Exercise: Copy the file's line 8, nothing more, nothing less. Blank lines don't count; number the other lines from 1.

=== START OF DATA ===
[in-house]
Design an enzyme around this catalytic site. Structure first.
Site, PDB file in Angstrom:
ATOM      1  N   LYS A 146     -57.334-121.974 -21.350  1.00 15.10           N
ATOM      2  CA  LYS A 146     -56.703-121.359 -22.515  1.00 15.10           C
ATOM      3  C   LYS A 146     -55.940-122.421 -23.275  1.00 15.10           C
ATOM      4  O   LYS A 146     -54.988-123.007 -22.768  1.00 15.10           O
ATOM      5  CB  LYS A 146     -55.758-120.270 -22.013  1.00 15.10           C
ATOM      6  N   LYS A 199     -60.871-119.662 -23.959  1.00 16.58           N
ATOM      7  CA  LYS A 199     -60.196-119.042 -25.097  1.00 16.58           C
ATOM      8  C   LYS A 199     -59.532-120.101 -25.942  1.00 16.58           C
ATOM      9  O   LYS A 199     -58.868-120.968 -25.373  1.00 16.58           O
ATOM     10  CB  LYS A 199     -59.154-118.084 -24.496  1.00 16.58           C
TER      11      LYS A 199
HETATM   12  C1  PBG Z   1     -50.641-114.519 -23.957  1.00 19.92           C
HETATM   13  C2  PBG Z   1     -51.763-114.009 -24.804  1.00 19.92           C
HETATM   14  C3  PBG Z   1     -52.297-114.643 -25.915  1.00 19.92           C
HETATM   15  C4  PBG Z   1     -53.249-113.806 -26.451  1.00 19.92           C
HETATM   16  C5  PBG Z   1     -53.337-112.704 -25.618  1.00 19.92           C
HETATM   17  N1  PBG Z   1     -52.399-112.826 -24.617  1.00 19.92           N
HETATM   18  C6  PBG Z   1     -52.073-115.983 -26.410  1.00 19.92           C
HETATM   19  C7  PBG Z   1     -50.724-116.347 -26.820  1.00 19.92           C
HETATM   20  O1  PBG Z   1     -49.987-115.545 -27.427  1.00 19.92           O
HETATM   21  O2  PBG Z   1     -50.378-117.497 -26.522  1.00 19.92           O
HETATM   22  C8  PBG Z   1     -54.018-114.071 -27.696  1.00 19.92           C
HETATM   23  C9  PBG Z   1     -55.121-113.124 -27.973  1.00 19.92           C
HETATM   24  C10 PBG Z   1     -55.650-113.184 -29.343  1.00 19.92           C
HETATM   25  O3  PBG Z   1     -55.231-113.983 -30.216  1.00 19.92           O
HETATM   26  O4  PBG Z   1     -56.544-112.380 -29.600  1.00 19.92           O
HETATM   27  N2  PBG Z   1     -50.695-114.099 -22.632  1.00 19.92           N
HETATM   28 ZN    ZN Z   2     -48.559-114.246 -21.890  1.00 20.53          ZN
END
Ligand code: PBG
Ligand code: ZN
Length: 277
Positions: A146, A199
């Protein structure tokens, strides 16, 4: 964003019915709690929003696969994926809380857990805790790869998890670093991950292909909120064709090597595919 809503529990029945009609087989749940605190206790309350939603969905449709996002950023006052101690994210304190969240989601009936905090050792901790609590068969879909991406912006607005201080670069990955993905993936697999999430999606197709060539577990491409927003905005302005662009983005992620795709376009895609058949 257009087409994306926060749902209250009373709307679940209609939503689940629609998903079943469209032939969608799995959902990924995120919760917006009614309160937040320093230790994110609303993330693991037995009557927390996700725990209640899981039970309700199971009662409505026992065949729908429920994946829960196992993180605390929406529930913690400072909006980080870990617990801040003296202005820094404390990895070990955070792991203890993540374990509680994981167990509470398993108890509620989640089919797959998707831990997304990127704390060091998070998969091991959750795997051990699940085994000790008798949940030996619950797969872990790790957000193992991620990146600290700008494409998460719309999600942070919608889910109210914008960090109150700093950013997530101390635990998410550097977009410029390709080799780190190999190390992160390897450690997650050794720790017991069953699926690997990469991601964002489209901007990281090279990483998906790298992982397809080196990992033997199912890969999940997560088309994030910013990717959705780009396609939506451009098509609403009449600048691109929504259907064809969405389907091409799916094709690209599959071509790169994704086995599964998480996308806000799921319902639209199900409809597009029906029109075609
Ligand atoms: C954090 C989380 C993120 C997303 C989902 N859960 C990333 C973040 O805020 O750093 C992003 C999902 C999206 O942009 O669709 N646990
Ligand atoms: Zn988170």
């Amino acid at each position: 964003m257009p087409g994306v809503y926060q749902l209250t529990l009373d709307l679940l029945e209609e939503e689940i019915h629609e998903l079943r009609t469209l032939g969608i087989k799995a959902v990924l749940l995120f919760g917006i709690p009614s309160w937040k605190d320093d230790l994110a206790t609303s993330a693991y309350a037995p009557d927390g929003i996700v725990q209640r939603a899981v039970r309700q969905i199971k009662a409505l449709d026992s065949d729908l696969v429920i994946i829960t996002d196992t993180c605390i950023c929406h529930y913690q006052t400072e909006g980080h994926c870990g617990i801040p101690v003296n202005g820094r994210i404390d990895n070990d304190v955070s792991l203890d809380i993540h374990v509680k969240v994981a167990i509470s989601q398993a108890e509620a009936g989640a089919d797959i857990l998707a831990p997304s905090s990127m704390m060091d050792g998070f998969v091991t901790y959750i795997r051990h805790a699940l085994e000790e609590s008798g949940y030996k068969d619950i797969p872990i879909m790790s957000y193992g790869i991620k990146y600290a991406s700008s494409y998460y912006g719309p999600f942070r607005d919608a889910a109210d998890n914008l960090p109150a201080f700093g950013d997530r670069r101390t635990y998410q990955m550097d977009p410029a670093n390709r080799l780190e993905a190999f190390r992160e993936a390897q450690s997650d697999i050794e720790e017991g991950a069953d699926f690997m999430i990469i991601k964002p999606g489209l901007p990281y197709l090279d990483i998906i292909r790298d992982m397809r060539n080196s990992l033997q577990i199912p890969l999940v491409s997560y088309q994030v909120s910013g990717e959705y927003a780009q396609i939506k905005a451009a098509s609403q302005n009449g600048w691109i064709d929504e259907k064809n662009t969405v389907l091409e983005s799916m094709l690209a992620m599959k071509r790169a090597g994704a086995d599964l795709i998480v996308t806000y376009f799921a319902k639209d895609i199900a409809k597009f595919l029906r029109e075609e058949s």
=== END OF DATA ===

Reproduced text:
ATOM      5  CB  LYS A 146     -55.758-120.270 -22.013  1.00 15.10           C